Answer to Question #20017 in Molecular Physics | Thermodynamics for Ujan Chakraborty
Temperature is the average of the kinetic energies of all molecules of a body.Then, why do we consider it a different fundamental physical quantity altogether [K], and not an alternate form of energy, with dimensional formula derived from 3 initial fundamental quantities length[L], mass[M] and time[T]?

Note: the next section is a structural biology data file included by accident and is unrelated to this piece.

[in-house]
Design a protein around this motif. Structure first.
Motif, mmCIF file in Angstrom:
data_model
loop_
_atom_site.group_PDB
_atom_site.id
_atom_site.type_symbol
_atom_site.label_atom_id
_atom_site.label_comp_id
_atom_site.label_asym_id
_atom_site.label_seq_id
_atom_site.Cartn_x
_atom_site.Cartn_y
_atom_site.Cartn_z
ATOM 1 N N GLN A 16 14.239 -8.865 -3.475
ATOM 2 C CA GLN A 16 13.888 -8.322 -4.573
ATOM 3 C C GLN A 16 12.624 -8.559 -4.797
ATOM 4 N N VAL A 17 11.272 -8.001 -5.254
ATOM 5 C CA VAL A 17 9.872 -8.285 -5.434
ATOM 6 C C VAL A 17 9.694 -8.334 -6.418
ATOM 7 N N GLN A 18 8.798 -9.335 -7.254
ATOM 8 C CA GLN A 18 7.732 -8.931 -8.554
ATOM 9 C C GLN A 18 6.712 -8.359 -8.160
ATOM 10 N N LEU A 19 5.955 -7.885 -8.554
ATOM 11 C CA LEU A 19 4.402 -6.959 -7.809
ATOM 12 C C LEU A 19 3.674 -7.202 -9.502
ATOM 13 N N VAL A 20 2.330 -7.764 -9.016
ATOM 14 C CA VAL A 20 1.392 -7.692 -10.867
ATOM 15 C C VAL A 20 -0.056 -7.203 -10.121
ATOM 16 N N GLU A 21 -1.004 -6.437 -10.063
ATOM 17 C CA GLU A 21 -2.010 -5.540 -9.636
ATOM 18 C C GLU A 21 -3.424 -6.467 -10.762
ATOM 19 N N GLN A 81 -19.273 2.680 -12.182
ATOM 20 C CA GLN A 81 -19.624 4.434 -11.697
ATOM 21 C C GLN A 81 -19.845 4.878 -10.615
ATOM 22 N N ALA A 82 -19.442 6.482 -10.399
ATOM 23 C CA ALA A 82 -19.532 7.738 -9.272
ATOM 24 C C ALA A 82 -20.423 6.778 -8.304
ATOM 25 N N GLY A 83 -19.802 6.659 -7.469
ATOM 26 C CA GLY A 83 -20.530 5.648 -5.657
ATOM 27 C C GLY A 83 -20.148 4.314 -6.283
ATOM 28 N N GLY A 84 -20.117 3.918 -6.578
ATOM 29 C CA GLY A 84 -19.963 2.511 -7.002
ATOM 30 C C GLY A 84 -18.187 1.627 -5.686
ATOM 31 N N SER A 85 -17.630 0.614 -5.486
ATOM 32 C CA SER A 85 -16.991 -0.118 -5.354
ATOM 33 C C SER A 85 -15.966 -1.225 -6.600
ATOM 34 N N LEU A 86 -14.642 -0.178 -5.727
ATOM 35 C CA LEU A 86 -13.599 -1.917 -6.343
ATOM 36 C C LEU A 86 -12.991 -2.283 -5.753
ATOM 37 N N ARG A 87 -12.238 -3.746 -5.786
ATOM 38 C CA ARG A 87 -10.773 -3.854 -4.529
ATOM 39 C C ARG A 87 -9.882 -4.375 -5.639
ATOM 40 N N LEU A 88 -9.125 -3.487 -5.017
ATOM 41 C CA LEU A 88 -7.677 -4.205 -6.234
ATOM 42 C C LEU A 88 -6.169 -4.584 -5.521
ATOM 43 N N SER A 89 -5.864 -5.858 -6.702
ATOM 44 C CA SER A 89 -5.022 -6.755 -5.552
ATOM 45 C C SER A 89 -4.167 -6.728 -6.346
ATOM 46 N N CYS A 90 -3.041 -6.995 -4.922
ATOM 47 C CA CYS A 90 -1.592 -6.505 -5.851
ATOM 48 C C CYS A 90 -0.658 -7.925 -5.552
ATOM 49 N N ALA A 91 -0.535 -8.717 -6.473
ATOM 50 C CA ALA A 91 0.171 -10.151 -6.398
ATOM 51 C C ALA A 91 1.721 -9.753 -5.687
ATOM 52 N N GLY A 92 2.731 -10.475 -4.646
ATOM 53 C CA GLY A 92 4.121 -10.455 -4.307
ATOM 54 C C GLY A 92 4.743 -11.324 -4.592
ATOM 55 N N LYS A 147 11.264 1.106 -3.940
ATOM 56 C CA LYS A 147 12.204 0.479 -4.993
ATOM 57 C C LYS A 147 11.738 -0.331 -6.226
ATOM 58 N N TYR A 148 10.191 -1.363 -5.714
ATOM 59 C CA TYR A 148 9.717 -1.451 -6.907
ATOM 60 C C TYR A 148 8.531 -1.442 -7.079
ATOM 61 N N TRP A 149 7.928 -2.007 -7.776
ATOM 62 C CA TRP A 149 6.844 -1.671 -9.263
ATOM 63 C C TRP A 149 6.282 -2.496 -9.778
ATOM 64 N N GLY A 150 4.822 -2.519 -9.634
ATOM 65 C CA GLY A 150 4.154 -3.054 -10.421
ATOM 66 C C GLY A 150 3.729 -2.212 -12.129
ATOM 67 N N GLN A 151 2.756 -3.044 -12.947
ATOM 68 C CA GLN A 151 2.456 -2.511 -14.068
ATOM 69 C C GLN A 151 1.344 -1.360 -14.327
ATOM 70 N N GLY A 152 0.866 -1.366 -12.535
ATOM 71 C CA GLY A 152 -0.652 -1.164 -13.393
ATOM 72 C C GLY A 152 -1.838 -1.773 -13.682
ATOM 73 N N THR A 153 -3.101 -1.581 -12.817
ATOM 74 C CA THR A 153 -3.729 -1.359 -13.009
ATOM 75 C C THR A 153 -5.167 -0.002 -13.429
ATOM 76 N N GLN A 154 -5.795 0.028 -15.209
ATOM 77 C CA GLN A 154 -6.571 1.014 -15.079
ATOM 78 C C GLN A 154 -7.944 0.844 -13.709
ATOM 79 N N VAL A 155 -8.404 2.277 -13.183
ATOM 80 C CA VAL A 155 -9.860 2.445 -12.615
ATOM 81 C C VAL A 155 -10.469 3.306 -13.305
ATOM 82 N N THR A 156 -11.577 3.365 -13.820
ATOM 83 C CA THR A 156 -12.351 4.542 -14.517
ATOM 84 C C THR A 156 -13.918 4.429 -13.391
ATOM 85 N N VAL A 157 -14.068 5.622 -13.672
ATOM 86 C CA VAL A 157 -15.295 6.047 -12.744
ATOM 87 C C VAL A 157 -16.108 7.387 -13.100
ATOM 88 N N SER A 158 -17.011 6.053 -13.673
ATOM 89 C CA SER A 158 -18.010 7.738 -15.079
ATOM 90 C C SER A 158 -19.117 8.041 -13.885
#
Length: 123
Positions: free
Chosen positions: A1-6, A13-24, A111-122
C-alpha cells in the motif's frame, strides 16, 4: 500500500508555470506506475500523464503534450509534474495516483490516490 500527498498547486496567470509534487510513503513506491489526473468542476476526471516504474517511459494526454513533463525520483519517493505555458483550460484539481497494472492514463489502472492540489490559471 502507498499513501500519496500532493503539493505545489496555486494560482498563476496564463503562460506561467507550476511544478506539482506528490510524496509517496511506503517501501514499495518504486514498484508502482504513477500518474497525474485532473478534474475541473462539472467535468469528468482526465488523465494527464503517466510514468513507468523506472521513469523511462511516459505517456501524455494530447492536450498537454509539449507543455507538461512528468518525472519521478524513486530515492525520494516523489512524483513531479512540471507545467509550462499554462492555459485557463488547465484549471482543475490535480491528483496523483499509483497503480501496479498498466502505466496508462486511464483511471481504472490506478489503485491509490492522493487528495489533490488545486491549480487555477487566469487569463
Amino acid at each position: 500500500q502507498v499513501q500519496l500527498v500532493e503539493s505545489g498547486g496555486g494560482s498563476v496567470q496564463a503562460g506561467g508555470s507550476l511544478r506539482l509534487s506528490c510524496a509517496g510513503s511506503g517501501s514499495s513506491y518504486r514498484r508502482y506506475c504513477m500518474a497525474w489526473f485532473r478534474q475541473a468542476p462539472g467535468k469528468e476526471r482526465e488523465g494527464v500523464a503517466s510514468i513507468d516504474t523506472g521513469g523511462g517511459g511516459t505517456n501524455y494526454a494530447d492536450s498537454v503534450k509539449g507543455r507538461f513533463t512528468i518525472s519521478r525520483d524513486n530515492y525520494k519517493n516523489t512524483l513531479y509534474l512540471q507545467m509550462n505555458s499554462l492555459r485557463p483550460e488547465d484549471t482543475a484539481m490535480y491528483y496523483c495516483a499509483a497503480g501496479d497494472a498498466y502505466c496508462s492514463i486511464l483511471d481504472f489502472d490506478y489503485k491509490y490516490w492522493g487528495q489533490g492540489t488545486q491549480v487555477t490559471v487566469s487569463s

Temperature is nothing else than energy per degree of freedom. It is purely for historical reasons that energy per degree of freedom is measured in Kelvin, and not in, say, micro-eV. It is just that these systems of units got fixed and became widely used before the statistical meaning of temperature became clear. For the same reason, mass measured in kg and not in, say, Tera-eV. If you would correct all of this, and apply more rational choices of units, you would end up with a natural system of units. This is what many physicists do in their professional lives. In such a system constants like the speed of light and Boltzmann's constant end up as being defined equal to unity. This makes it clear that these are not constants of nature, but man-made artifacts caused by the use of clumsy systems of units. In that respect Boltzmann's constant k is no different than the constant measuring the number of cubic inches in a gallon.